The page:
While client needs remain fundamentally the same as ever, Thompson says lessons learned during the global financial crisis (GFC) and the uptake of digital financial tools – especially by Millennials – have made today’s clients more realistic about returns when they seek advice. He also attributes the much greater transparency clients now demand in advice to myriad efforts to improve financial literacy in recent years.

“If clients are paying us between $2000 and $3500, they want to be able to see where value within the advice lies,” Thompson says. “The more clued up clients are when they first approach us for advice, the greater the certainty around tax savings, consistency of returns and both capital and portfolio growth they’re likely to want.”

While clients’ primary concern pre-GFC was all about how big the return within a share portfolio would be, the focus today – especially among the Baby Boomers who dominate Rise Standards’ client base – is as much about income and capital preservation as it is about growth.

In years past, the more popular strategies in this regard included expensive and highly complex structured products offering capital guarantee or protection. Now, Thompson says, the focus is on cheaper, liquid hybrid solutions, which could include exchange-traded funds, listed investment companies, and other index funds, among other things. Even so, Thompson says clients’ need for advice remains firmly tied to key fundamentals such as age and stage of life.

More options, more control for clients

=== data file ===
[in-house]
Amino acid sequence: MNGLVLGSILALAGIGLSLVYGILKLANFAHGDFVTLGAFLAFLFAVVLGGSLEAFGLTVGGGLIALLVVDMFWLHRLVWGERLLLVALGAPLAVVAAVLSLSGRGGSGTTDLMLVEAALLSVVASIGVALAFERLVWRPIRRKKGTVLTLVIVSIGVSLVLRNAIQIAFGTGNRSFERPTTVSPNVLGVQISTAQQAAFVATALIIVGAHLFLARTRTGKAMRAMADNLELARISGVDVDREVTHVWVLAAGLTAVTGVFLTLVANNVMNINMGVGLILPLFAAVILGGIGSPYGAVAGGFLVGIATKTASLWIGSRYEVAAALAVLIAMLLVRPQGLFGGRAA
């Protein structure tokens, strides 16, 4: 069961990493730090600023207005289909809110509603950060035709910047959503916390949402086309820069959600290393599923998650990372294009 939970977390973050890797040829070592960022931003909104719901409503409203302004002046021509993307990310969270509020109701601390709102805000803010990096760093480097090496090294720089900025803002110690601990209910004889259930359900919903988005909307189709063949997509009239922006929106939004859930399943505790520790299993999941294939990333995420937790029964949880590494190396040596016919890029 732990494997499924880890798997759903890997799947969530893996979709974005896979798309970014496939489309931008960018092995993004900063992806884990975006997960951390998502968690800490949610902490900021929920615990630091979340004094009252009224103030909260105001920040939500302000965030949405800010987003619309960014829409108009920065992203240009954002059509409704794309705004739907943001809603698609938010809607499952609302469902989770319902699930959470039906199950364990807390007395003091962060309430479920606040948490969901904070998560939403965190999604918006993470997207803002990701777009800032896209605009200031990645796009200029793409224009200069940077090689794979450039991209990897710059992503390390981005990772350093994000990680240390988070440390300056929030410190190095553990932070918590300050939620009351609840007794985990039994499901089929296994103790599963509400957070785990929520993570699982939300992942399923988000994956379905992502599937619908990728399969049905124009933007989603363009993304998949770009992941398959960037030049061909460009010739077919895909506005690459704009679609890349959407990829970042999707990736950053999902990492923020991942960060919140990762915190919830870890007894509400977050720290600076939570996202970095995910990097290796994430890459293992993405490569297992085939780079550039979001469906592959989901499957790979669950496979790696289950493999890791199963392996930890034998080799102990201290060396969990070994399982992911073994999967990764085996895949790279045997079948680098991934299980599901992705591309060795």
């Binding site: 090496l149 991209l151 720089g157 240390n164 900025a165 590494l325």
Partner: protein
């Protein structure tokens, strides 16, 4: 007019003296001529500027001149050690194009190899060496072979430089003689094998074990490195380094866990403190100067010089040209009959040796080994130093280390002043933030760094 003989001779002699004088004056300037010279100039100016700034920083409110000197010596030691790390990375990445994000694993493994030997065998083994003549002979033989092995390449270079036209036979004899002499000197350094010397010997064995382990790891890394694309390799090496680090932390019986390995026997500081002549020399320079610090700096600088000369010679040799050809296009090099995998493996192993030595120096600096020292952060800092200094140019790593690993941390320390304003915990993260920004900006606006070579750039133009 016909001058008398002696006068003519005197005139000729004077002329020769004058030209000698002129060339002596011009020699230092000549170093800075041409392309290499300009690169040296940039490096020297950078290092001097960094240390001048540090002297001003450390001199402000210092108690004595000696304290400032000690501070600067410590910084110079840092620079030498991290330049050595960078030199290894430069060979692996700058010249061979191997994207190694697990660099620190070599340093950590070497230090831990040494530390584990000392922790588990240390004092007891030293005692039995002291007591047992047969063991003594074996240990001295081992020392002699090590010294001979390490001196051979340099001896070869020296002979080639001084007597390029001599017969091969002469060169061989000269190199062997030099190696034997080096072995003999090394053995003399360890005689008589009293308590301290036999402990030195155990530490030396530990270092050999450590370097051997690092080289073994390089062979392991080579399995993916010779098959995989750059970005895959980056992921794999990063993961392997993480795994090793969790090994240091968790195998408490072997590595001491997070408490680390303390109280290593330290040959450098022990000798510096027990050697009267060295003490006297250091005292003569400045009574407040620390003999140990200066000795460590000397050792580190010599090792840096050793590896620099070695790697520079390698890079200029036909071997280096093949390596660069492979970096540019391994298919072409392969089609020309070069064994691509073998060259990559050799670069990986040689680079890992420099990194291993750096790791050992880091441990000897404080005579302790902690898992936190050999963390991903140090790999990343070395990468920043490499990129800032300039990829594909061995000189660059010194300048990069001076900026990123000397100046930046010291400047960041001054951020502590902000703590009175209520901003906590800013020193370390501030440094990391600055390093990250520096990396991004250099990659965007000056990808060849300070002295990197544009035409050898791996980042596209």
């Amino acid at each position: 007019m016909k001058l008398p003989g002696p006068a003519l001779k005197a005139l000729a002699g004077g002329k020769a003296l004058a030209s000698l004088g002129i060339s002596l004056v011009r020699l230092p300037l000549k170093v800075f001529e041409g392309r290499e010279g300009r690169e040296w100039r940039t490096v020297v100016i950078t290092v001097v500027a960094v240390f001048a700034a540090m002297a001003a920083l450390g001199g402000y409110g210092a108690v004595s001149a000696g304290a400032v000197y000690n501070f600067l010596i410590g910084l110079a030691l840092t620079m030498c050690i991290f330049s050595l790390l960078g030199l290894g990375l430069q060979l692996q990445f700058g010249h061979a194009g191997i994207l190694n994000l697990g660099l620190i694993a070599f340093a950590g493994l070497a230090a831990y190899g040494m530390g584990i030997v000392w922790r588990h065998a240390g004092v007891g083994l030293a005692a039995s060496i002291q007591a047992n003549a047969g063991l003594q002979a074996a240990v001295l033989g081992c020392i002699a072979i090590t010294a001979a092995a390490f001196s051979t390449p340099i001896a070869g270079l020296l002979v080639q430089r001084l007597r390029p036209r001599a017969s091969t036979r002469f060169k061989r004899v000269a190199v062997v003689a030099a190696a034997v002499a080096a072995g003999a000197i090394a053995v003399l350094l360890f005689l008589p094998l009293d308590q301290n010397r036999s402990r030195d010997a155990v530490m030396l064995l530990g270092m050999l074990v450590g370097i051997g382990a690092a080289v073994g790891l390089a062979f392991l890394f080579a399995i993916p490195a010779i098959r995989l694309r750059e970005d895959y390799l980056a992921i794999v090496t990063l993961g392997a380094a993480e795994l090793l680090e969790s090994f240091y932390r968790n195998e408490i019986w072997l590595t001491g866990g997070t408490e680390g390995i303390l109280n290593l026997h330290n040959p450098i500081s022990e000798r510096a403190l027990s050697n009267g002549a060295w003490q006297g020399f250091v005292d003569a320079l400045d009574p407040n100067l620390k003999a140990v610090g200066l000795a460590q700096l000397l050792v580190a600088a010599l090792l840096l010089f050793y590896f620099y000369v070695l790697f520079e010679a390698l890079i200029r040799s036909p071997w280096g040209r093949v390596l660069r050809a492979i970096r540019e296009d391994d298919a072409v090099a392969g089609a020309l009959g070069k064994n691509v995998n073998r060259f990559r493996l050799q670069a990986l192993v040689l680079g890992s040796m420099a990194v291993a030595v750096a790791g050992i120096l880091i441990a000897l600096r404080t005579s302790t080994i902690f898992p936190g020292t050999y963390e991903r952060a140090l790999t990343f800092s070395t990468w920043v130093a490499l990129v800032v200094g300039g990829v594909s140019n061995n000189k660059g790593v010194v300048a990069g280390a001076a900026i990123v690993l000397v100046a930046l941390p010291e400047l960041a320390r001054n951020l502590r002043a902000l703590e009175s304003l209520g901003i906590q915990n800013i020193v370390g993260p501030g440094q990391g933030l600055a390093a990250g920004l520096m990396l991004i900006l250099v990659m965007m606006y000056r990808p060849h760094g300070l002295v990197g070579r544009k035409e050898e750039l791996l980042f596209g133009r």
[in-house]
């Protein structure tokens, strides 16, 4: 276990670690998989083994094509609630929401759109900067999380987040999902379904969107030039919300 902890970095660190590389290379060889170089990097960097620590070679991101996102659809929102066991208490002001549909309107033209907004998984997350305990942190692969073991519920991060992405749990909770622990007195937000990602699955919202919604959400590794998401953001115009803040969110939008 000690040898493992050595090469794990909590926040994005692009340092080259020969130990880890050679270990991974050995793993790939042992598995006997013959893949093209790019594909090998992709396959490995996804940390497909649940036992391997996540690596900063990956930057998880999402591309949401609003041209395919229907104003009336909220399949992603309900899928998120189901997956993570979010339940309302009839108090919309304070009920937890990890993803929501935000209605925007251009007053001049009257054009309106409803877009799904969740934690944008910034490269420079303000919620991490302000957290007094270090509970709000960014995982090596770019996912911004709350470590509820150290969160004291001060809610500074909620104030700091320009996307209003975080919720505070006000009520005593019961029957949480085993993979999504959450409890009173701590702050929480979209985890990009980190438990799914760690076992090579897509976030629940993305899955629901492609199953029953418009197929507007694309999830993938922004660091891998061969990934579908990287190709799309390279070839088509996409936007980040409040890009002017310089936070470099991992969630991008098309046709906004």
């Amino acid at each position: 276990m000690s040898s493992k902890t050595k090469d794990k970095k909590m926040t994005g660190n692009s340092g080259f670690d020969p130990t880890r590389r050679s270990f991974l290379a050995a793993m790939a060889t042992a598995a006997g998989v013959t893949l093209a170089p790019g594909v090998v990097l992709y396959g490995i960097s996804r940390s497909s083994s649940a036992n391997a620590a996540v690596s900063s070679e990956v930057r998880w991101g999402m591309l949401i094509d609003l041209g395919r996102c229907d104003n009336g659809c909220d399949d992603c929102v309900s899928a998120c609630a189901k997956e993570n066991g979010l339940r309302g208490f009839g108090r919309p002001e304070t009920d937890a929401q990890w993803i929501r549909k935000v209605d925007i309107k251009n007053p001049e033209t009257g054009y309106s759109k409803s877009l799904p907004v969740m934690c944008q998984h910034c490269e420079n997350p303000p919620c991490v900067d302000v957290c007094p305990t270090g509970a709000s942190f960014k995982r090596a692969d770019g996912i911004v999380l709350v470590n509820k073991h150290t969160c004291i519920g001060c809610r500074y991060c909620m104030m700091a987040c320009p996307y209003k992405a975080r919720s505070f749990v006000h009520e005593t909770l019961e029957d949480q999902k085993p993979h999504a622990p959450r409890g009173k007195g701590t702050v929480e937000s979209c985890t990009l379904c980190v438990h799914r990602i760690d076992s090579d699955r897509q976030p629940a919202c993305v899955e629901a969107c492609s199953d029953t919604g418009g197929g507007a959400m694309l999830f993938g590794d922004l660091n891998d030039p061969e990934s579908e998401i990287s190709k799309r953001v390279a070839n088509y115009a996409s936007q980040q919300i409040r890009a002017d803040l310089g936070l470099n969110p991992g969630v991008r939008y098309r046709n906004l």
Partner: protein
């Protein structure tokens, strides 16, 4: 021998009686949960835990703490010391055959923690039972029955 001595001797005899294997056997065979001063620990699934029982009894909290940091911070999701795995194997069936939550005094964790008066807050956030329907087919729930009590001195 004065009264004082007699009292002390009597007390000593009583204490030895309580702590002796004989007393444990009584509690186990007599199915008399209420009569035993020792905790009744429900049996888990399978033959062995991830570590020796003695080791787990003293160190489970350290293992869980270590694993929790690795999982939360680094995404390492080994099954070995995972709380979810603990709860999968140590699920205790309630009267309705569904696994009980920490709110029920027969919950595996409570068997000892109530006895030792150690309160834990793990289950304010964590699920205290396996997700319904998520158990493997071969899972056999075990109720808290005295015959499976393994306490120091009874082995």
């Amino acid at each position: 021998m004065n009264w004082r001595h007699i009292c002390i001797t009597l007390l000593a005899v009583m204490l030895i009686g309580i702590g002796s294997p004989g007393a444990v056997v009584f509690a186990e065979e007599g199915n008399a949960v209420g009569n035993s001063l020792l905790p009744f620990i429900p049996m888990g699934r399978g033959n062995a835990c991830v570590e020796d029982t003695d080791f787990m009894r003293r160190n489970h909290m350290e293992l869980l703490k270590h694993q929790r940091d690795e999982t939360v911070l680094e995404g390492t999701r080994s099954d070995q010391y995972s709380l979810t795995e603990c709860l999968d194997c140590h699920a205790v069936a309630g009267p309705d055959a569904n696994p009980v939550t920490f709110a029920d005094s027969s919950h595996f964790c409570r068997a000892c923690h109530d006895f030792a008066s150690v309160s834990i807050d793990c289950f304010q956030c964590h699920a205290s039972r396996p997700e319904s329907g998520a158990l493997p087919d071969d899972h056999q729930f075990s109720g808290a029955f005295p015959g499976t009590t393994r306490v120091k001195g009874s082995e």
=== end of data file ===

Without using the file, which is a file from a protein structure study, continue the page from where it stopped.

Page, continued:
Unsurprisingly, since the GFC, he’s also witnessed much less borrowing against the family home to leverage investments outside of super than when sharemarkets were delivering much higher returns.

Since 2011, he’s had only one enquiry about using equity in the family home to buy shares. “People still regard property as safer, even though it isn’t, due to economic downturns always affecting both asset classes,” Thompson says. “In fact, it’s riskier with property, due to minimal diversification and liquidity, and high management costs.”

With the family home playing a much greater part in the overall retirement picture these days, Thompson says, more clients now recognise that it’s a valuable asset and they shouldn’t tamper with it. As a result, he’s witnessing a quantum shift in the thinking around plans to retire.

“A growing realisation that they don’t have enough money to retire on is forcing people to extend their working life indefinitely,” Thompson says. “Instead of having concrete plans to retire on a certain date, we’re finding what Baby Boomers are looking for is options, especially those struggling to identify their goals beyond retirement.”

Some of the decisions clients need help making include whether both partners should continue to work, one retire early or should both wind back their working hours. Then there are small business owners, Thompson adds, who spend more time exploring exit strategies.

“All clients are looking for more efficient ways to manage their financial affairs,” he says.

As a result, Rise Standards is constantly improving its robo-advice applications – which feed data from various platforms – to provide a snapshot of a client’s net position plus access to online financial education tools, all in one place. Thompson says these online applications are ideal for a growing number of investors who want varying levels of control over their investments without the added responsibilities and compliance duties associated with running their own self-managed super fund.

Client needs are projected client needs over shorter time horizons, Thompson says, reflecting the growing need for people to remain in their job or business longer and the greater flexibility necessary to respond to market changes or unexpected events.

While there’s always going to be a need for advisers to get access to product, he says helping clients become more knowledgeable through online tools should lead to better and more efficient client engagement.


TOPICS:  age pensionBaby BoomersBrant Waltonchanging nature of adviceGFCGuy ThompsonretirementRise Standards